Blindness and Reorientation: Problems in Plato's Republic

Blindness and Reorientation: Problems in Plato's Republic

Blindness and Reorientation: Problems in Plato's Republic

Blindness and Reorientation: Problems in Plato's Republic


Are the just happier than the unjust? In Plato''s Republic, Thrasymachus argues that they aren't, that justice is simply the advantage of the stronger. Though Socrates apparently refutes him, Plato's brothers, Glaucon and Adeimantus, take up his argument anew, challenging Socrates to show them that justice really does better further happiness than injustice.

The nature of this renewed challenge and the reason for it are hotly debated problems. Equally problematic is the question of whether Socrates succeeds in meeting the challenge in the crucial case of the philosopher-kings, whom he claims are happiest of all. Central to his attempt is a complex tripartite psychology and the yet more complex the metaphysics and epistemology of transcendent Platonic forms. But just how these are to be understood or how knowledge of such forms could help the philosopher-kings with the practical business of governing a city also remain deeply problematic issues.

Beginning with a discussion of Socrates in the Apology, and his portrait by Alcibiades in the Symposium, and proceeding to topics more directly within the Republic itself, Blindness and Reorientation develops not just powerful new solutions to these problems, but a new understanding of Plato's conception of philosophy, its relationship to craft-knowledge, and the roles of dialectic and experience within it. Written in a clear and vivid style, C. D. C. Reeve's new book will be accessible to any committed reader of Plato.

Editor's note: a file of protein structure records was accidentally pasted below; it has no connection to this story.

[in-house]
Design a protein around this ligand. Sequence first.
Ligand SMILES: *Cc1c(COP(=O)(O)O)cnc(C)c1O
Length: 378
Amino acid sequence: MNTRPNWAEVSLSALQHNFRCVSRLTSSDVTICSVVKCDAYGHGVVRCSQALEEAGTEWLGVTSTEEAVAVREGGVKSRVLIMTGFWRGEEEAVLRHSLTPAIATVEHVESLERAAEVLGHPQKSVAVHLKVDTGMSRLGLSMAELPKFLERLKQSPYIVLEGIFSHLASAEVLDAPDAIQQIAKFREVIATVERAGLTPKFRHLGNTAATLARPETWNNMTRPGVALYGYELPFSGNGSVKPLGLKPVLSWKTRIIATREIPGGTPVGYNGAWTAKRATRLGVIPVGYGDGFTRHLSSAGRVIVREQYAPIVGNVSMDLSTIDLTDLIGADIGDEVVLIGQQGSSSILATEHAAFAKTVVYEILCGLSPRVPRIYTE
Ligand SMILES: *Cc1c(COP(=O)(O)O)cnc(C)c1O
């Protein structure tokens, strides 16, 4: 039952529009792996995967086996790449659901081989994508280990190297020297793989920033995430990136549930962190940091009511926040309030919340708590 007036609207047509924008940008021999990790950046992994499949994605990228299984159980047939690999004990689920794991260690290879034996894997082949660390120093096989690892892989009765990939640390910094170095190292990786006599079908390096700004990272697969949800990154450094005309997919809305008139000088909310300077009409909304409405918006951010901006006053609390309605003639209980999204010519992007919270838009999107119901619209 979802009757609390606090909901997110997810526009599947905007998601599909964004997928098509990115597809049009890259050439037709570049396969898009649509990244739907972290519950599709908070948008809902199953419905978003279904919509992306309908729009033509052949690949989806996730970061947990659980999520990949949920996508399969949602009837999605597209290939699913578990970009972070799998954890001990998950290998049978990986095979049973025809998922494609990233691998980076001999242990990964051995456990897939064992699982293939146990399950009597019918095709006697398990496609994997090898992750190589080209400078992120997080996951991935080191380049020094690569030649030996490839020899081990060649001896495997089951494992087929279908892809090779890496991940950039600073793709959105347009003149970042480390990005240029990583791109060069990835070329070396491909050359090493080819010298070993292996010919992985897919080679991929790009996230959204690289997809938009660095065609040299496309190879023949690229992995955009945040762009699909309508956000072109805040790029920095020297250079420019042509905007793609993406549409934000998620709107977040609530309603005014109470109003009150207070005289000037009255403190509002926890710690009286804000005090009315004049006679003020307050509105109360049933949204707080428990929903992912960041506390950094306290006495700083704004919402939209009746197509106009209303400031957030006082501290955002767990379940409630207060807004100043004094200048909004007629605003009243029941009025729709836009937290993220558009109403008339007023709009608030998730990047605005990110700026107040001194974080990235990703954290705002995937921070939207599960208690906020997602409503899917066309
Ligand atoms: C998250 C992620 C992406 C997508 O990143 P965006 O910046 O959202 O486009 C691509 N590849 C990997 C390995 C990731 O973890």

In the closing lines of the Phaedo, Socrates is described as “a man who, we would say, was the best of all those we’ve experienced, and, generally, the wisest and most just” (118a16–17). More than anyone, he embodied the true philosophical spirit for Plato. It is to a Socrates “made fine and new” (314c1–4), indeed, that the author of the (almost certainly spurious) Second Letter attributes all of Plato’s writings. Yet the apparently unreformed Socrates we meet in the Apology, who is arguably closest to the historical figure, seems to be motivated as much by pious obedience to the god Apollo as by the sheer love of wisdom itself. His target is hubris. His method is elenctic examination pursued in private conversation. His message is the pessimistic one that the god alone is wise, whereas human wisdom consists in the hard-won recognition of what this implies about oneself. Like the “sophist of noble lineage” (Sph. 231b8), he seems to educate exclusively by purging those who falsely think they know of their conceit of wisdom, not by putting positive knowledge or wisdom into them. He is a midwife, not a begetter of children. Moreover, he is catholic in his examination. Anyone—man or woman, slave or free—is a suitable target for his deflationary therapy. a professional teacher and Sophist like Thrasymachus is a candidate, but so, too, is an ordinary young man like Polemarchus or an old one like Cephalus.

Paiderasteia, or boy-love between an older man (erastēs) and an adolescent boy (eromenōs), was an accepted practice in Socratic Athens. As Greek comedy makes plain and common sense suggests, sex was common in such relationships, with the boy playing the passive role. Once he reached manhood, however, that had to change. On pain of losing his citizen rights, he could no longer be a passive sexual partner. Instead, he was expected to marry, have children, and became an erastēs in his turn. Though erotic in nature, the relationship was conceived as primarily educative. By associating with someone who was already a man, a boy learned aretē—virtue or excellence. He learned how to be a man himself. We might think here of rites of passage in primitive warrior societies, some of which also involve . . .

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